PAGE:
It is vital to assess how changes in community roles and positive behavioural changes can identify new expectations and targets, while building important skills, knowledge and best practices in diseases elimination and eradication. Development of in-depth operational research in vulnerable communities is core to sustained partnerships and resource mobilization, as well as promoting community resiliency building (15). Understanding the spatial and geographical heterogeneity of pathogens and mosquito vectors, the different extent and nature of disease, and the effectiveness of national programmes in different communities is needed to generate evidence-based community elimination programmes. There is also a need to establish, through robust political leadership and financial commitment, coherent and sustainable community-based programmes for elimination and eradication of infectious diseases of poverty and emerging epidemics, based on equity and inclusiveness, coverage and operational challenges (16, 17). Other contextual control measures include social and behavioural characteristics, intervention coverage, mass drug administration, intermittent preventive chemotherapy or vaccine acceptance and coverage, and populations’ connectedness (16–19). Yet, most endemic communities are readily embarking on programmes to end the scourge of infectious diseases (17,19,20). Strengthening and improving primary healthcare delivery systems to reduce morbidity to a level at which it is no longer considered a major public health problem, and eradication of infectious diseases, involve reducing worldwide incidence to zero, thereby obviating the need for further evidence-based active surveillance, monitoring and quality management systems, and effective elimination measures. Public health medicine has enjoyed periodic major successes in the control of infectious diseases as result of multilateral partnerships, leadership, and commitment towards elimination (21). For example, achieving polio eradication in most affected countries in Africa requires mobilization of sufficient resources to improve mass/targeted vaccination commitment and surveillance campaigns; strengthening cold supply chain and vaccination coverage rates; timely communication and reporting; and increased incentivizing of community health workers at all levels (22).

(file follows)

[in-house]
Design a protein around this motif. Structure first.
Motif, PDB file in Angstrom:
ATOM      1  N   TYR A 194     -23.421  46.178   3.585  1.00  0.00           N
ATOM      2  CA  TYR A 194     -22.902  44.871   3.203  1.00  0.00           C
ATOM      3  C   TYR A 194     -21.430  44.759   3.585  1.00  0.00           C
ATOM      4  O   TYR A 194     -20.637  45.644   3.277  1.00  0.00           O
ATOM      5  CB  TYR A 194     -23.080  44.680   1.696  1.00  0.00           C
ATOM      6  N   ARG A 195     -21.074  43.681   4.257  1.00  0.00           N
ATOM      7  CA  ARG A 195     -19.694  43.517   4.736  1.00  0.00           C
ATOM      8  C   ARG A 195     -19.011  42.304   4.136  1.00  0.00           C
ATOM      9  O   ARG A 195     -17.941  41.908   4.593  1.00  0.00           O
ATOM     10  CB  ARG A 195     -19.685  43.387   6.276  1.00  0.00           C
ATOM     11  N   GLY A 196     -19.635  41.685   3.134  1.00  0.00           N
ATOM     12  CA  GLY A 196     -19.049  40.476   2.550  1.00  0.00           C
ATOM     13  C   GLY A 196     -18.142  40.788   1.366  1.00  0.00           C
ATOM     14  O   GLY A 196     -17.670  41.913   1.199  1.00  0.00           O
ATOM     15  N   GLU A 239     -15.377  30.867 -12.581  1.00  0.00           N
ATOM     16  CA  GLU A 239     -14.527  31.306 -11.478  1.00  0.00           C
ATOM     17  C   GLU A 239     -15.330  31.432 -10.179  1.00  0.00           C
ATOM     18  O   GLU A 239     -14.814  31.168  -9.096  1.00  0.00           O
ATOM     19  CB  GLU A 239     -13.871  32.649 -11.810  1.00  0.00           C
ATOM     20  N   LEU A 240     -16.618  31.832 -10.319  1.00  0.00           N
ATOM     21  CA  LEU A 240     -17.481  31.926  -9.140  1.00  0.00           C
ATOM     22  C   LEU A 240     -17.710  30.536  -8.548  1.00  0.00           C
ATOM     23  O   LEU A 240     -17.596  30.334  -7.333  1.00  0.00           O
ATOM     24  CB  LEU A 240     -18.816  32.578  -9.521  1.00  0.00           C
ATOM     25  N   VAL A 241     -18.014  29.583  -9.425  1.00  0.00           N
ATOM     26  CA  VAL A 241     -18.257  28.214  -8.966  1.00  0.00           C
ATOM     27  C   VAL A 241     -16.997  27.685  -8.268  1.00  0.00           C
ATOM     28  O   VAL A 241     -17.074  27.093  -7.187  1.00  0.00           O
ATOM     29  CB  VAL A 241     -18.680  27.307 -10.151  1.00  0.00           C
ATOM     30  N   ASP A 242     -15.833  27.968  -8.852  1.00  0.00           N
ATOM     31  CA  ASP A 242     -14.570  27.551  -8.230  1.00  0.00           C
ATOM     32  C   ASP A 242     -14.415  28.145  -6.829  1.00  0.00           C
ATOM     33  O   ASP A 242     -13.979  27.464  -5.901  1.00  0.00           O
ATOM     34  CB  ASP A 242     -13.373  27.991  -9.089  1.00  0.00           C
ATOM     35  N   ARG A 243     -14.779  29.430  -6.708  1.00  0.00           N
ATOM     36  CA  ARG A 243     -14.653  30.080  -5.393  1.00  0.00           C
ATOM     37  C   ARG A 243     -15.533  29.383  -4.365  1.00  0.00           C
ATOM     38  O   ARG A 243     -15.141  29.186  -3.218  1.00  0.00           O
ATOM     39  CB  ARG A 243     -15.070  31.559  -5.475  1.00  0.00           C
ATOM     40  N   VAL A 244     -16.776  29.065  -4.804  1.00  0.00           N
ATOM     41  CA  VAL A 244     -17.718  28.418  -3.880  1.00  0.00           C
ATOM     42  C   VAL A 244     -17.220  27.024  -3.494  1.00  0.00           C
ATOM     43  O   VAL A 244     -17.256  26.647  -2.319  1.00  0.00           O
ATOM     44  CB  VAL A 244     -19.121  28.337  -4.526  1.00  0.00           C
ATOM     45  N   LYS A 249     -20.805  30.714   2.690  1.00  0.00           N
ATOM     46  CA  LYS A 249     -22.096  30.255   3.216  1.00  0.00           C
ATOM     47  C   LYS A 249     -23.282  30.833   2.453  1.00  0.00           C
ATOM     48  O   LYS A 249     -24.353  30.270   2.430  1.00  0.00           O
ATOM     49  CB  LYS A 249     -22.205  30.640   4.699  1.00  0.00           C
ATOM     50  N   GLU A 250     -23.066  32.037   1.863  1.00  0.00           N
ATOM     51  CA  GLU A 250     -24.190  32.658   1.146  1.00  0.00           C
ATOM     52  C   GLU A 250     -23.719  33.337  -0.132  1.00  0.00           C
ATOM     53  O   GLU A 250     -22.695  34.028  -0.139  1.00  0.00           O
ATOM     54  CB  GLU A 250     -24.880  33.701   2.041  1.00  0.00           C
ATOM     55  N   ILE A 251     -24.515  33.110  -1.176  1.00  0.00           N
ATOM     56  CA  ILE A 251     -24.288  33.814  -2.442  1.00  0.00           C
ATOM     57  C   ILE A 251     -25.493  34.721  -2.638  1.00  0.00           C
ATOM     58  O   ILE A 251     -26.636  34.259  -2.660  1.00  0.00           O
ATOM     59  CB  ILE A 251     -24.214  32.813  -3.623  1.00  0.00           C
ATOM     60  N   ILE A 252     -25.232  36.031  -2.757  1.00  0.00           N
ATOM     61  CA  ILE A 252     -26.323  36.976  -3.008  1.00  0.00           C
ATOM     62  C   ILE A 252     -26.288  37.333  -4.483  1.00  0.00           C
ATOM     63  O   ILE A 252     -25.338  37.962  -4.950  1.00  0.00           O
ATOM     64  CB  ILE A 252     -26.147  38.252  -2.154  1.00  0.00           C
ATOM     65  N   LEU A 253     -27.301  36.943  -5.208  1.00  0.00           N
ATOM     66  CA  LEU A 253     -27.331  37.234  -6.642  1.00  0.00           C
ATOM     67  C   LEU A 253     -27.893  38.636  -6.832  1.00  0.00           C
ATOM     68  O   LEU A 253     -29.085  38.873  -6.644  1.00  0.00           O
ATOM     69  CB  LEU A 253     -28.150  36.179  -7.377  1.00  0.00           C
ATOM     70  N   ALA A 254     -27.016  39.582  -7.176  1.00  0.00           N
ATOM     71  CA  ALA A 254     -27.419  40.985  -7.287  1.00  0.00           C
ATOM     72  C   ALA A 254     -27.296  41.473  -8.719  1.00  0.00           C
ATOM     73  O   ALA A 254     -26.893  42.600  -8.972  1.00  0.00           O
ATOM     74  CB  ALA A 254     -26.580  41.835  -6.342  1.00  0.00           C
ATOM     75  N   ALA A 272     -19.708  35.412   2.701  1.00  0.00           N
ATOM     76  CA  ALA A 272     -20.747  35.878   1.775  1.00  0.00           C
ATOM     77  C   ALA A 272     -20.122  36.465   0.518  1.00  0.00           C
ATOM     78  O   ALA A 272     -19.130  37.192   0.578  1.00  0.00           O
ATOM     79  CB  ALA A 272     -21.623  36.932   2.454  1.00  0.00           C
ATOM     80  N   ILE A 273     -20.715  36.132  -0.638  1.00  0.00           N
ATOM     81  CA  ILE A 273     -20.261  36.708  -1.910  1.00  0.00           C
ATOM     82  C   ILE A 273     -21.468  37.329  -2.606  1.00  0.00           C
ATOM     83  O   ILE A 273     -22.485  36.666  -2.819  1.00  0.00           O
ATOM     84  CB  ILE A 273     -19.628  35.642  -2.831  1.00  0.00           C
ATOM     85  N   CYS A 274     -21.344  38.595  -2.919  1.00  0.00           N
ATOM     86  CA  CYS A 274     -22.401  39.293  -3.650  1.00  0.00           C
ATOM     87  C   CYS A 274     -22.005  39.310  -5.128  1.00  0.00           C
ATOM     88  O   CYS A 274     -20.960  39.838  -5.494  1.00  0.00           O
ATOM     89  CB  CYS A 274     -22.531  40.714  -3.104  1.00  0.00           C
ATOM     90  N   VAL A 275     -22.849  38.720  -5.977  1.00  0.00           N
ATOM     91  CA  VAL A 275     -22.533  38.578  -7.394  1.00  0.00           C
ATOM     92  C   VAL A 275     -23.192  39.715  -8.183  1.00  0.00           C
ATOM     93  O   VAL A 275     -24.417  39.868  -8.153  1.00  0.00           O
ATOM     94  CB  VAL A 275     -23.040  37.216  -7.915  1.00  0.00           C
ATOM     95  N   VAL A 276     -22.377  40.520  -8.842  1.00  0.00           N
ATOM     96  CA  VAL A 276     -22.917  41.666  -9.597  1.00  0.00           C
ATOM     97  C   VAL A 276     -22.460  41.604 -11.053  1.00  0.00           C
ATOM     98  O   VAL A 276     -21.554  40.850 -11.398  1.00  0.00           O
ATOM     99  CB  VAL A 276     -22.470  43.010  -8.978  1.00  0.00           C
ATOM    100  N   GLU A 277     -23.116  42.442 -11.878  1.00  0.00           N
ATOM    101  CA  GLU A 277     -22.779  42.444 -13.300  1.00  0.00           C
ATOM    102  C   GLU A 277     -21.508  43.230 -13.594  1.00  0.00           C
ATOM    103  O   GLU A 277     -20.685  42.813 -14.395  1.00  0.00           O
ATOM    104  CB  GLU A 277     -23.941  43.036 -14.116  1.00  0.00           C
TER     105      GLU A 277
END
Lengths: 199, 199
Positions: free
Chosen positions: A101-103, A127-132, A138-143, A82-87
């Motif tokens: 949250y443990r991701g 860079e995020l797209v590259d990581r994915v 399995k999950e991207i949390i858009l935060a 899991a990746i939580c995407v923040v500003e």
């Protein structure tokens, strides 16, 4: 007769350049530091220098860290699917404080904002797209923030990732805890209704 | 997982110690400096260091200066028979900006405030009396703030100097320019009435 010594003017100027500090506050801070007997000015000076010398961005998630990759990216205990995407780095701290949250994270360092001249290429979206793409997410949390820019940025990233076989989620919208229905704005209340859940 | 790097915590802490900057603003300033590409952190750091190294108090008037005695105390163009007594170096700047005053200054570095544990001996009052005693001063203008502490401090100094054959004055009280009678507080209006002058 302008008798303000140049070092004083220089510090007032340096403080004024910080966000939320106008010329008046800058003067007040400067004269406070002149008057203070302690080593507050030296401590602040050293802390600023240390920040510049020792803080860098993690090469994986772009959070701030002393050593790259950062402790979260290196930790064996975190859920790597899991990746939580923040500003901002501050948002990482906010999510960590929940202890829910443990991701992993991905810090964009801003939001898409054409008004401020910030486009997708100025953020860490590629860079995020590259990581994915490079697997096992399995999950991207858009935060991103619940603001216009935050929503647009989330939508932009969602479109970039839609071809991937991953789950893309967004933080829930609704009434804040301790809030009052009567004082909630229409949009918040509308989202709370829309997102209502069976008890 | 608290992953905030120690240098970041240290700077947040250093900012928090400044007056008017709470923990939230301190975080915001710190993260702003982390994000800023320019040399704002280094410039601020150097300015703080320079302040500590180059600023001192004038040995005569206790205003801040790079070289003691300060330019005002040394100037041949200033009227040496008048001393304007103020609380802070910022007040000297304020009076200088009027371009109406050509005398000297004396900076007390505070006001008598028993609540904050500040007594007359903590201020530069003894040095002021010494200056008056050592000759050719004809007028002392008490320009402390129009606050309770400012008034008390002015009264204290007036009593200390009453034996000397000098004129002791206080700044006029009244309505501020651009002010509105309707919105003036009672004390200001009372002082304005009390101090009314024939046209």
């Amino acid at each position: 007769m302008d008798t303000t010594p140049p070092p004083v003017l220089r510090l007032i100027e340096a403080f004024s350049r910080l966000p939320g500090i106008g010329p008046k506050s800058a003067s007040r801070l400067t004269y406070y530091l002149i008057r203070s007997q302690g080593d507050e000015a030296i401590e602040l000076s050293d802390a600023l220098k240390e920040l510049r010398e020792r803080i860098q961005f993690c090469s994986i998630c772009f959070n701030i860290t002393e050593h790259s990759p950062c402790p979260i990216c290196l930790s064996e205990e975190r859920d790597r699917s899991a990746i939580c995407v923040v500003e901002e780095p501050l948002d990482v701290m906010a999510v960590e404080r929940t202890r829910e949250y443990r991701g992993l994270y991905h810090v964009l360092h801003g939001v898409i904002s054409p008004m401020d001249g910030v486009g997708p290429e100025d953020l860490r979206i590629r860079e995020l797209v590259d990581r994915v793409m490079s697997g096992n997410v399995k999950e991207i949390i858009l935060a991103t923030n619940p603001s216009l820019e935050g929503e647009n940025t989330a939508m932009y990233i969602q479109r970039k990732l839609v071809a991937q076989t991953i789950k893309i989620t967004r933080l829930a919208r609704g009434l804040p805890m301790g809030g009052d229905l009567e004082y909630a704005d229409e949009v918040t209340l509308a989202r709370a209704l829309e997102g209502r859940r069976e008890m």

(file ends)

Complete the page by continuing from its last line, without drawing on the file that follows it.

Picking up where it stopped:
This paper aims to strengthen coherent, scalable and sustainable community support and resilience policies and innovative programmes to accelerate eradication of infectious diseases of poverty, eliminate the threat of emerging pandemics, and improve global health security.

Strengthening community engagement and participation in sustainable health services delivery innovations